Balancing Extradition and Article 8 Rights: Key Issues in Stumbre v Prosecutor General’s Office Case

Citation: [2024] EWHC 406 (Admin)
Judgment on


In the High Court case of Victoria Stumbre v Prosecutor General’s Office of the Republic of Lithuania, the court was presented with an appeal against an extradition order involving complex issues pertaining to the European Arrest Warrant system, the nature of the offences, and the intersection of extradition law with Article 8 of the European Convention on Human Rights, concerning the right to respect for private and family life.

Key Facts

The extradition order under appeal followed an accusation warrant issued by the Prosecutor General of Lithuania, concerning thirty-six alleged offences by Ms. Stumbre between 2017 and 2018. These ranged from swindling to forgery of documents. The request was the second following an earlier extradition in 2018 for related offences, which ultimately led to Ms. Stumbre’s surrender and subsequent unlawful departure from Lithuania.

The key point of contention was whether the extradition would disproportionately interfere with the Article 8 rights of Ms. Stumbre and her children. Following her initial extradition, it was determined that her children would be placed into foster care, possibly separated, if she were to be extradited again, with severe implications for their welfare as opined by a clinical psychologist.

The case’s legal analysis hinged on the correct application of Article 8 of the European Convention on Human Rights within the context of extradition proceedings. The following legal principles were central to the decision:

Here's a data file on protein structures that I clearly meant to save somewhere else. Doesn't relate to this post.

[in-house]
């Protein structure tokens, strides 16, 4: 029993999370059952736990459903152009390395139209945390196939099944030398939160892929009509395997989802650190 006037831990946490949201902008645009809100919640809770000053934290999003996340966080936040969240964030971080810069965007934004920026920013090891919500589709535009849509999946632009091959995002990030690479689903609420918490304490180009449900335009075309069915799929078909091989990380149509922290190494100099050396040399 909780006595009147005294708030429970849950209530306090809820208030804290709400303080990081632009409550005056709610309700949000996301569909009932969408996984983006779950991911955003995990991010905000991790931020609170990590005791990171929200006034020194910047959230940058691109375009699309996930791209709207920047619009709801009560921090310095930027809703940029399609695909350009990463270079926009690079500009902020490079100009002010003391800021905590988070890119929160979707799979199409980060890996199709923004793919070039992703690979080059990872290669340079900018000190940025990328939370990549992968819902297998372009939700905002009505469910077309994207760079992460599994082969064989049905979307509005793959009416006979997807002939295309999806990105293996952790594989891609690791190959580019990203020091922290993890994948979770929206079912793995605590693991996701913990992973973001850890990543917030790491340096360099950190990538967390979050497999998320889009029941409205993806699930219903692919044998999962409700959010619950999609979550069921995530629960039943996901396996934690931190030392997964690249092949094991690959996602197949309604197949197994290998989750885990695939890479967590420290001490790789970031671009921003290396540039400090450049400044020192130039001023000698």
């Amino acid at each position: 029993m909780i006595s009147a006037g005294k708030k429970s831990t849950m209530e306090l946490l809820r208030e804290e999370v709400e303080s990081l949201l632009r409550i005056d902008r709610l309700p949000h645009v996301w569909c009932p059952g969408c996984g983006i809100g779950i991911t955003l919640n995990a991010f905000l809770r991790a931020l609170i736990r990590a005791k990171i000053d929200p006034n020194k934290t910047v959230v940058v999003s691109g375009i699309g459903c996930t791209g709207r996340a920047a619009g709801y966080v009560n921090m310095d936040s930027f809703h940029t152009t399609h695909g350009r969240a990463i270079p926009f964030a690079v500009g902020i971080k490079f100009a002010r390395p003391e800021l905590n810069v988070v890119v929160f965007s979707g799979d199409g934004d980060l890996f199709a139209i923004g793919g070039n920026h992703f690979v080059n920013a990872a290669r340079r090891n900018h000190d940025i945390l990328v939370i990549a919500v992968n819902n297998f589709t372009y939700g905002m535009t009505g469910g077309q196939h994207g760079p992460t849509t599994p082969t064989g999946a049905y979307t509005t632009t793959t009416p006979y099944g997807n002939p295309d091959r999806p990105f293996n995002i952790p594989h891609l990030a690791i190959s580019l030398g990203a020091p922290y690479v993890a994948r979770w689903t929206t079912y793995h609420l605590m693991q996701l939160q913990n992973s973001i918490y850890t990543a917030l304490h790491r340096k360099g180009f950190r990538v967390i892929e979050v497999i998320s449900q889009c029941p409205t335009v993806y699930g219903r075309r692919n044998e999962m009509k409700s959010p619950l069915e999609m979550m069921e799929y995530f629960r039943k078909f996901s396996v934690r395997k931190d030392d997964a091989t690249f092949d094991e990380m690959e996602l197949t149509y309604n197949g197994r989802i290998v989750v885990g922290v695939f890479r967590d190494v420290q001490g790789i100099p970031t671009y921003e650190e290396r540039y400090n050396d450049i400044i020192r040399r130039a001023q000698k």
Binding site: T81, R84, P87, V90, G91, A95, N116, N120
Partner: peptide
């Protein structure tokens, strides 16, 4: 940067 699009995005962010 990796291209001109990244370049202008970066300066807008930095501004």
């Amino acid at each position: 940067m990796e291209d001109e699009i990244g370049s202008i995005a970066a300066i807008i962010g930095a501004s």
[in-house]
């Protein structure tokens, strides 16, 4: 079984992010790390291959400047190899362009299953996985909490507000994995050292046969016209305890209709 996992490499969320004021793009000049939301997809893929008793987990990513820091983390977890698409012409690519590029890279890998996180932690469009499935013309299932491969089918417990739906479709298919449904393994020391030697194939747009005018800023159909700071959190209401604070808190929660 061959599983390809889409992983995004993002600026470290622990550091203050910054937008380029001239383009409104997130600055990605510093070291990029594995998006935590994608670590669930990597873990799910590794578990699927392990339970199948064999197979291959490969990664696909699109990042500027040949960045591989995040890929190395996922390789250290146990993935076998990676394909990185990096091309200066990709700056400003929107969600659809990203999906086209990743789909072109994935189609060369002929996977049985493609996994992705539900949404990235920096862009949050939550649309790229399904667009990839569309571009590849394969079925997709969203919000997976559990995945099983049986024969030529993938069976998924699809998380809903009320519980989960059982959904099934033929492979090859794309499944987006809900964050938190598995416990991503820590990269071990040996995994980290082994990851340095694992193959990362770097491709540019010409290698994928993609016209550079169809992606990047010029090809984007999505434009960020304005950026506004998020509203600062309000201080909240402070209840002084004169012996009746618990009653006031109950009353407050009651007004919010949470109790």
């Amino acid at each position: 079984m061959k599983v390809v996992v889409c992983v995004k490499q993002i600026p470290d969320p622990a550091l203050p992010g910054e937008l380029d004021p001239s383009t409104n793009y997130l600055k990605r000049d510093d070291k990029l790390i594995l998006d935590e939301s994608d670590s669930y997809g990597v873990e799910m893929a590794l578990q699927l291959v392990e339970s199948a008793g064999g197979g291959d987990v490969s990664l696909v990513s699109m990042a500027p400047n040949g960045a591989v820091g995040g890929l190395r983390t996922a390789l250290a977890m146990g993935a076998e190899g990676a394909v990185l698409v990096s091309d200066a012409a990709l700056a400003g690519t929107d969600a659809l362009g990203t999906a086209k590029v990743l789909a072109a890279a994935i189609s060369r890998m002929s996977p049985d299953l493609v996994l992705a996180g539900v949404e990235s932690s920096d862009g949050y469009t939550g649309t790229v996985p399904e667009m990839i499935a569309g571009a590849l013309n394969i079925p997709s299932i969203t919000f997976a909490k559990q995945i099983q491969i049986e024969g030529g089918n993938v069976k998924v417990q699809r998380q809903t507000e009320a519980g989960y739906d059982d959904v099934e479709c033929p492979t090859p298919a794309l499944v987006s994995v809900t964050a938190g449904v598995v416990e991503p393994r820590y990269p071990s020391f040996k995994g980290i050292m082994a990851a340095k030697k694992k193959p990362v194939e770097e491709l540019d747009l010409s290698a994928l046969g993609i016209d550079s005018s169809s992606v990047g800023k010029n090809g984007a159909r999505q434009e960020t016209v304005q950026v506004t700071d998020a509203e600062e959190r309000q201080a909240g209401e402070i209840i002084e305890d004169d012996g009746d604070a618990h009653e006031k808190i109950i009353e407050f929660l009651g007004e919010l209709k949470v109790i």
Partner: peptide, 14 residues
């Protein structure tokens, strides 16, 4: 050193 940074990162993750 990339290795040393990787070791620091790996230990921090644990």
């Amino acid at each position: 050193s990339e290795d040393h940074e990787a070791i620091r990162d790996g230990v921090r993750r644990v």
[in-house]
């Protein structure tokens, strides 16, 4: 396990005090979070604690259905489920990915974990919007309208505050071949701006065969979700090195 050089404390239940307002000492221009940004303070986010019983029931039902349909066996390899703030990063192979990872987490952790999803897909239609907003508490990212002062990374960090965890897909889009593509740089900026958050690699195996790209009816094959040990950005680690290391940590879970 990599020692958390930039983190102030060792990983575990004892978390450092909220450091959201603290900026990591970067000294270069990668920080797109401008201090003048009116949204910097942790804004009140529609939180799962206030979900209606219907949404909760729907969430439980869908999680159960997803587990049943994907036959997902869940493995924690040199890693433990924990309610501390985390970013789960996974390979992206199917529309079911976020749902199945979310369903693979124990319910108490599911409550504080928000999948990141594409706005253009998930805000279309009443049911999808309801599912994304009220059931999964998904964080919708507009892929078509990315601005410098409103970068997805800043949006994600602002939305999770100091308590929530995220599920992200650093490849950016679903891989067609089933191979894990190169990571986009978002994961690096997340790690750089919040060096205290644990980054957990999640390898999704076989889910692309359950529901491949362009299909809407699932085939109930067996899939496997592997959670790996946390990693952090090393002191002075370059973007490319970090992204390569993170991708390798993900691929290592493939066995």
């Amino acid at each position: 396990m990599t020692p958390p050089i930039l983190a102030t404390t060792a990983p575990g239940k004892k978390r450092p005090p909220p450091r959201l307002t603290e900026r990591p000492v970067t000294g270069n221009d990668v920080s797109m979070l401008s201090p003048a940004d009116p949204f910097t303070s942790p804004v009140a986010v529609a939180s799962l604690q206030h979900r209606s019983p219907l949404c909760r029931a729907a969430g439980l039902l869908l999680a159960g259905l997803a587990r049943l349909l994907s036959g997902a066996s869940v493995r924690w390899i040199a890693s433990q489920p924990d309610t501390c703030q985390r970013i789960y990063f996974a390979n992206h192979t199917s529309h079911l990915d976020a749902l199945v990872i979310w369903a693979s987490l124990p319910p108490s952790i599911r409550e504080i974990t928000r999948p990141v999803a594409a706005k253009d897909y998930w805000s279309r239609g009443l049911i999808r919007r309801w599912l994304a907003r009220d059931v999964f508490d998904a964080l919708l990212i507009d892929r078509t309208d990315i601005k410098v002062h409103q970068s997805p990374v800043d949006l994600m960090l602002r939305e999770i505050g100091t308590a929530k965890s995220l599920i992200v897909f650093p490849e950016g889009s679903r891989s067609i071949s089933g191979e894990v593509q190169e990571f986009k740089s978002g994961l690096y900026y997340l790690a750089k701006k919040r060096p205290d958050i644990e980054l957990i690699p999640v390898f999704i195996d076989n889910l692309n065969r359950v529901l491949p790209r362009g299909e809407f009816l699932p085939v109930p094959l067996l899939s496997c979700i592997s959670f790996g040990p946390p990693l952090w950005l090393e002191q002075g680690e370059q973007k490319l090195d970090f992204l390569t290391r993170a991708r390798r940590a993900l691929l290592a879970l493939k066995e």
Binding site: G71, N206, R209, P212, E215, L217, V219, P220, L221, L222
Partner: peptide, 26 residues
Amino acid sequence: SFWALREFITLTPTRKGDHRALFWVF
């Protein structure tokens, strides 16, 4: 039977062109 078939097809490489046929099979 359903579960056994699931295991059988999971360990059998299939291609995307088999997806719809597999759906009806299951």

1. Proportionality and Article 8: The District Judge evaluated whether extradition would be a disproportionate interference with Ms. Stumbre’s and her children’s right to private and family life. The court reiterated the established principle that an individual’s rights under Article 8 are not absolute and can be compromised for a higher public interest, such as honoring international extradition obligations.

  2. Seriousness of Criminal Conduct: The court considered the gravity and number of offences alleged against Ms. Stumbre as factors contributing to the public interest in extradition. The District Judge noted that she had admitted guilt to a significant number of these offences, thereby increasing the public interest in extradition.

  3. The Interests of Dependent Children: The court accepted that the interests of dependent children should be a paramount consideration, following precedents like HH v Deputy Prosecutor of Italian Republic Genoa, where the Supreme Court highlighted the necessity of only avoiding extradition in very rare cases when dependent children’s interests were concerned.

  4. Fugitive Status: The court noted that Ms. Stumbre’s status as a fugitive, having previously absconded from bail in Lithuania, added considerable weight to the public interest in ensuring extradition and diminished the weight attributed to factors against it.

  5. Appellate Review Principles: The court applied Lord Neuberger’s approach from Re B (a child), refining the scope of appellate intervention in proportionality determinations by a trial court, and limited interference to instances where the trial judge’s decision was conclusively wrong or unsupportable.


The appeal was dismissed as the trial judge’s decision was deemed to fall within Lord Neuberger’s categories of acceptable judicial decision-making. Despite the significant impact on Ms. Stumbre’s children, the judge’s decision was not found to be wrong given the very serious nature of the allegations and Ms. Stumbre’s conduct as a fugitive.


In Victoria Stumbre v Prosecutor General’s Office of the Republic of Lithuania, the delicate balance between an individual’s private and family life and the public interest in honoring extradition commitments was explored. The case reaffirmed the principle that extradition may be justified despite severe interference with Article 8 rights when the offending is serious and the public interest in extradition is highly compelling. The case stressed the importance of judicial discretion and restraint when considering appeals grounded in Article 8 within the extradition context and the limited circumstances that would warrant an appellate court’s interference with a trial judge’s proportionality assessment.